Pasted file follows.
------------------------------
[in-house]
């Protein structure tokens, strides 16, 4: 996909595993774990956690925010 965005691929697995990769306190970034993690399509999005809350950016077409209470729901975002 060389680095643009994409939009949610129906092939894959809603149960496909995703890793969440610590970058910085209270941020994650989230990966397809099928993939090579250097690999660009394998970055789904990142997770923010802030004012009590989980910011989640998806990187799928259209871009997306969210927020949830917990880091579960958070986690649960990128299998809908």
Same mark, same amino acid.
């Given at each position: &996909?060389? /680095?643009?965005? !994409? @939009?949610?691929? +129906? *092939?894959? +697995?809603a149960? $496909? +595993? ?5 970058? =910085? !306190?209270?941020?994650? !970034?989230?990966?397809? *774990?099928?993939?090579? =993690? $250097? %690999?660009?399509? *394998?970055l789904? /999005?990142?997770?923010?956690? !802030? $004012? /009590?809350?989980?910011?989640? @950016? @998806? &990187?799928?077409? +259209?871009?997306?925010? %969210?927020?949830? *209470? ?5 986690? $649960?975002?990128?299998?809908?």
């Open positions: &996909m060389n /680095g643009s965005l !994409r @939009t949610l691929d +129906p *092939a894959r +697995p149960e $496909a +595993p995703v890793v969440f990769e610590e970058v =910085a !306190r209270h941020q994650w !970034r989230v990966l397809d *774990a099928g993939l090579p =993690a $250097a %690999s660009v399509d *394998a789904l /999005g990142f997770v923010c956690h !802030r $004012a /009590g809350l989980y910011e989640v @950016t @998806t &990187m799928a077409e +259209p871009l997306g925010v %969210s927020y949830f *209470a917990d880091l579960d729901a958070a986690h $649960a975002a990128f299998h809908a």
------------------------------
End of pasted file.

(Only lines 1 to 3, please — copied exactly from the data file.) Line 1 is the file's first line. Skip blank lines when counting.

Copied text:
[in-house]
């Protein structure tokens, strides 16, 4: 996909595993774990956690925010 965005691929697995990769306190970034993690399509999005809350950016077409209470729901975002 060389680095643009994409939009949610129906092939894959809603149960496909995703890793969440610590970058910085209270941020994650989230990966397809099928993939090579250097690999660009394998970055789904990142997770923010802030004012009590989980910011989640998806990187799928259209871009997306969210927020949830917990880091579960958070986690649960990128299998809908």
Same mark, same amino acid.